Chem21 has developed (and patented) a fun, interactive and engaging approach that requires student mastery at the lowest levels of cognitive thought. Timed / Repetitive Quizzes (TRQs) contain basic course information in a multiple-choice or fill-in-the-blank format that represents the "small" learning steps described by Skinner. Completion of a learning step occurs by one of two Paths:

  1. Path 1: the student answers a single quiz Perfectly (10/10 or 15/15 or 30/30, etc.) and beats the Quiz Time (usually set to 5 seconds per question for multiple choice and 10 seconds per question for fill-in-the-blank).
  2. Path 2: the student answers correctly a certain number of questions (i.e. 100).

Completion of either path results in the awarding of the same number of points (the Quiz Points).

This bimodal approach enjoys widespread student-acceptance since proficient students are spared the "busy work" of corporal repetition while non-proficient students are building long-term memory constructs with each correct answer submitted. The "Repetitive" part of TRQs is the SPACED-ASSIGNMENT of the same information. To place facts into long-term memory, typical memorization protocols require 5 specific interactions with the material that is to be memorized in the first week, weekly interactions for 2 - 3 weeks and then bi-weekly / monthly interactions until the student is no longer in your class. A TRQ over information in a specific chapter is assigned repeatedly by the instructor to ensure that the Knowledge and Comprehension level of the class is relatively homogeneous creating a learning environment that can be enjoyed by every student. When Higher Order Thinking Skills (i.e. Homework assignments) are assigned after memory constructs have been created with the TRQs, most students will be able to operate at this higher level of cognitive thought and learning gains will be realized for a larger segment of the class.

Instructors can customize the TRQs by changing the following parameters:

  1. Question Pool - the specific questions that can appear on a Student Quiz are selected by the instructor from a Keyword Searchable list maintained by Chem21Labs. In a future version, users will be able to add their own Questions.
  2. Quiz Questions - the actual number of questions that appear on the quiz. This number must be less than, or equal to, the number of questions in the Question Pool.
  3. Quiz Time - the time deemed to represent a desired level of retrieval efficiency. If the time is set too long, the student may be able to "look up" some answers and still submit a Perfect quiz - this defeats the purpose of Path 1. If a student submits a Perfect quiz in less than (or equal to) the time set by the instructor, they receive the Quiz Points and they are finished with that segment of the assignment.
  4. Quiz Points - the points awarded to the student for submitting a Perfect quiz AND beating the Quiz Time. It's also the points awarded to the student for submitting a certain number of correct answers.
  5. Total Correct - total number of correct answers that must be submitted to receive the Quiz Points.
  6. Minimum Correct - the minimum number of correct answers needed on a quiz before this number becomes part of the Total Correct count.
  7. Number of "Sets" - the number of times a student must earn Quiz Points between the Start and Due Date - the Number of Sets times the Quiz Points equals the Total Points for a single TRQ assignment.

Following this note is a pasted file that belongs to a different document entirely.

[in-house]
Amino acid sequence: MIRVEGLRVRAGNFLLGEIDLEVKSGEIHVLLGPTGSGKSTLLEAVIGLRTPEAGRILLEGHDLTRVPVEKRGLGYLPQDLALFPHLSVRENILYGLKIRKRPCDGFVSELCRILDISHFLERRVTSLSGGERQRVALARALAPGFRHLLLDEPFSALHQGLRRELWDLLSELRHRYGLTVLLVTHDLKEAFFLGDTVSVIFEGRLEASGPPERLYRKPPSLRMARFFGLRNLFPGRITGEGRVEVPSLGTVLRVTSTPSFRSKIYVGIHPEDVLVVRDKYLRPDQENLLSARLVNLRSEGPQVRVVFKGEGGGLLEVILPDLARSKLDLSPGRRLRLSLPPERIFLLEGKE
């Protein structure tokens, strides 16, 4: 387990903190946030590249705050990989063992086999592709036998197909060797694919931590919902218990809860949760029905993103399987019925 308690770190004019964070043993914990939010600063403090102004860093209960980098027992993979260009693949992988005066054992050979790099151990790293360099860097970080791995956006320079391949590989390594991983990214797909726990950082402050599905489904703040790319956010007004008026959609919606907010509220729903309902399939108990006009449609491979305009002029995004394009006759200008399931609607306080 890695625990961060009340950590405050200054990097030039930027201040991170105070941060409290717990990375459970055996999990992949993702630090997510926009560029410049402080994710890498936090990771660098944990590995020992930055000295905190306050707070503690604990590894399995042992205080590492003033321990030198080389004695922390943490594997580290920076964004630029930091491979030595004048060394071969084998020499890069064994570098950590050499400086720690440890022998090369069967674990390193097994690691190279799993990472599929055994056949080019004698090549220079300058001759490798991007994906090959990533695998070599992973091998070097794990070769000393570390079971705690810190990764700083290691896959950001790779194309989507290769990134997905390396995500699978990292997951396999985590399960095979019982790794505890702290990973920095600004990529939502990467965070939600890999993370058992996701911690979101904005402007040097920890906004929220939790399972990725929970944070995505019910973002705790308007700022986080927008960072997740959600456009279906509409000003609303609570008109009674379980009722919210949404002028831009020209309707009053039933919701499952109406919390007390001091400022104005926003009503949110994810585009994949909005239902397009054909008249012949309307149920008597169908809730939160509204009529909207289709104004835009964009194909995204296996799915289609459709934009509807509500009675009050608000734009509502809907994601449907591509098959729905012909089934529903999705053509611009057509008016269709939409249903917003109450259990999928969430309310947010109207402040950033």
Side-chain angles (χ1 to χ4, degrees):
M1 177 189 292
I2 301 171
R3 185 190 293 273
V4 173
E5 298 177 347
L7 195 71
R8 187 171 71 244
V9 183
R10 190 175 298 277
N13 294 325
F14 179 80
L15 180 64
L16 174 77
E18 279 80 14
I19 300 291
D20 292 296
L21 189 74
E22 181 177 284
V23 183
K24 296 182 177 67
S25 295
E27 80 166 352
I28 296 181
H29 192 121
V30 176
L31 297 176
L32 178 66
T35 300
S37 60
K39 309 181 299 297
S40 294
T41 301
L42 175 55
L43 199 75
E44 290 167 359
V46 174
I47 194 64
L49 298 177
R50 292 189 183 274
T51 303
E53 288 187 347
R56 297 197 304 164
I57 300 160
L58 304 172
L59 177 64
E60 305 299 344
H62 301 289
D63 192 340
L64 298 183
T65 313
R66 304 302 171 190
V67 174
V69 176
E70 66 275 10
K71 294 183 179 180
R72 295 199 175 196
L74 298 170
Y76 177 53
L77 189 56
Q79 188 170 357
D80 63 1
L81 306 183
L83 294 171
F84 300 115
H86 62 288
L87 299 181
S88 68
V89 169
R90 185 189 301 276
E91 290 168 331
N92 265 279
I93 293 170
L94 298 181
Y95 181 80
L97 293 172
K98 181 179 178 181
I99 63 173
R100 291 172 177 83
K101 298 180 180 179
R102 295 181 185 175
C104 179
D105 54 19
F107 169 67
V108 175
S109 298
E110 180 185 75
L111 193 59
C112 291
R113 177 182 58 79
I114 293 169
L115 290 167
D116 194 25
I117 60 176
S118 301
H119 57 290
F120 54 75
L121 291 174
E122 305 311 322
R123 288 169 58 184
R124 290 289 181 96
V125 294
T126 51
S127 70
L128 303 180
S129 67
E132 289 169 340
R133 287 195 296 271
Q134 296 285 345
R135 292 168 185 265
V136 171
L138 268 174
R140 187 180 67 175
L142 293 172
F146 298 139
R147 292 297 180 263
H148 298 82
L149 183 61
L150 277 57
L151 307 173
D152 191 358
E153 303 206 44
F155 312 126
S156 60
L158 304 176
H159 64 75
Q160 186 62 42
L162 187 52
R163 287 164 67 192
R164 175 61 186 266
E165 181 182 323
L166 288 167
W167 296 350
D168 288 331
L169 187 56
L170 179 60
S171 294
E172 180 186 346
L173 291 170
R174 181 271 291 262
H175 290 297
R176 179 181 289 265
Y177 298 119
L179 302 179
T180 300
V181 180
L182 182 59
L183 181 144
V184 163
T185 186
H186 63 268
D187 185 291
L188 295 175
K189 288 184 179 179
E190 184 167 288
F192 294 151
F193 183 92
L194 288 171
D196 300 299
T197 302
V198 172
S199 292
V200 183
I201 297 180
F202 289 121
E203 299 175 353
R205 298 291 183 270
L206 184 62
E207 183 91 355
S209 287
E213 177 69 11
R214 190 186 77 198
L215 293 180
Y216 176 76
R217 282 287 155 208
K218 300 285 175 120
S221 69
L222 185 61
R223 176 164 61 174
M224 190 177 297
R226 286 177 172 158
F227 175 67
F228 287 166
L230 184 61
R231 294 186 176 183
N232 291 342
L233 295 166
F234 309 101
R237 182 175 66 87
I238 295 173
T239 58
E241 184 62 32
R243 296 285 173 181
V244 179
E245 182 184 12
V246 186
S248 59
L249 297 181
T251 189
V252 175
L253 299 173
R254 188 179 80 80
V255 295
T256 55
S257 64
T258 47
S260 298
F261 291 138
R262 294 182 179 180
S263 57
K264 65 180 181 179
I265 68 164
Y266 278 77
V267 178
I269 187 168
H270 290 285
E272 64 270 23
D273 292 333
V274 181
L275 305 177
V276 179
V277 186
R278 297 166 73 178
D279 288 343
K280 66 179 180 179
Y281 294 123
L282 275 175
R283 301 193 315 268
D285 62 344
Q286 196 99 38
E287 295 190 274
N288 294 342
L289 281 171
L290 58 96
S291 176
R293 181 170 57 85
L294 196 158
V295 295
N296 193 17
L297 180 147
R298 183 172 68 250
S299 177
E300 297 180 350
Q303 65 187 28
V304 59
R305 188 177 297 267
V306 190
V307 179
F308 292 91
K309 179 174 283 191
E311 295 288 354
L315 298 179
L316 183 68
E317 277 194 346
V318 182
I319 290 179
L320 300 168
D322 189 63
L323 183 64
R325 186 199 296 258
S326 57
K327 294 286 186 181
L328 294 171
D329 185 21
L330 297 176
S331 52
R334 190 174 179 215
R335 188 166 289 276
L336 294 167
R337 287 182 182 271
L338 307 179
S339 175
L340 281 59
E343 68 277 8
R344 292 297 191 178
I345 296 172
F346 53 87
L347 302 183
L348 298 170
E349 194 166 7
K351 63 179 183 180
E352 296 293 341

8. Minimum Waiting Period - the minimum time a student must wait between "Sets"



Organic Chemistry

The American Chemical Society Exam has been given as the Spring Final (after OChem II) at Lee University since 1991. From 2005 - present, TRQs were introduced and used in both semesters of Organic Chemistry. In the first fifteen years (1991 - 2005), the class average on this ACS exam was 41 percentile; in the nine years since TRQs have been used, the class average was 59.4 percentile. In addition, only thirteen students in the first fifteen years scored above the 90th percentile on this exam, since Spring 2006, forty-six students have scored above the 90th percentile. While this learning method significantly helps the under-prepared students (based on a very low attrition rates and higher course grades), it also significantly helps the "prepared" students as evidenced by this increase in students scoring above the 90th percentile.

Equally remarkable is the fact that in the past nine years, only three students that started Organic II in January failed to take the ACS Exam in May - in contrast, 15% of the students in the first fifteen years withdrew from the class and didn't take the ACS Final.

How is this possible?

It is entirely based on the learning component described by Skinner where students are asked to complete "small" steps - steps in which they will be successful. After a large series of very small steps, the student has traveled a large academic distance. These Organic students were given a few "small" steps to complete on the first day of the first semester and on many days throughout the year. Only the students who were not willing to "work" (i.e. take a step that there is no doubt they can complete) will fail to complete the class.


Mathematics - Middle School

In 2011 - 2012, TRQs were used by 78 students in a 6th grade math class for 20% of the instructional time - in the remaining 80% of the time, the teacher simply condensed her former classroom activities. The average percentile increase in the state's end-of-class exam (TCAP) was 12.75. Additionally, 43% of the students arriving from the 5th grade were classified as Advanced or Proficient, the remaining 57% were classified as Basic or Below Basic. After using the TRQs for their 6th grade year, 63% of the students performed at the Advanced or Proficient level on this exam. The improvement in TCAP was most noticeable for the Below Basic (+26.5 %-ile) and Basic (+16.5 %-ile) math students.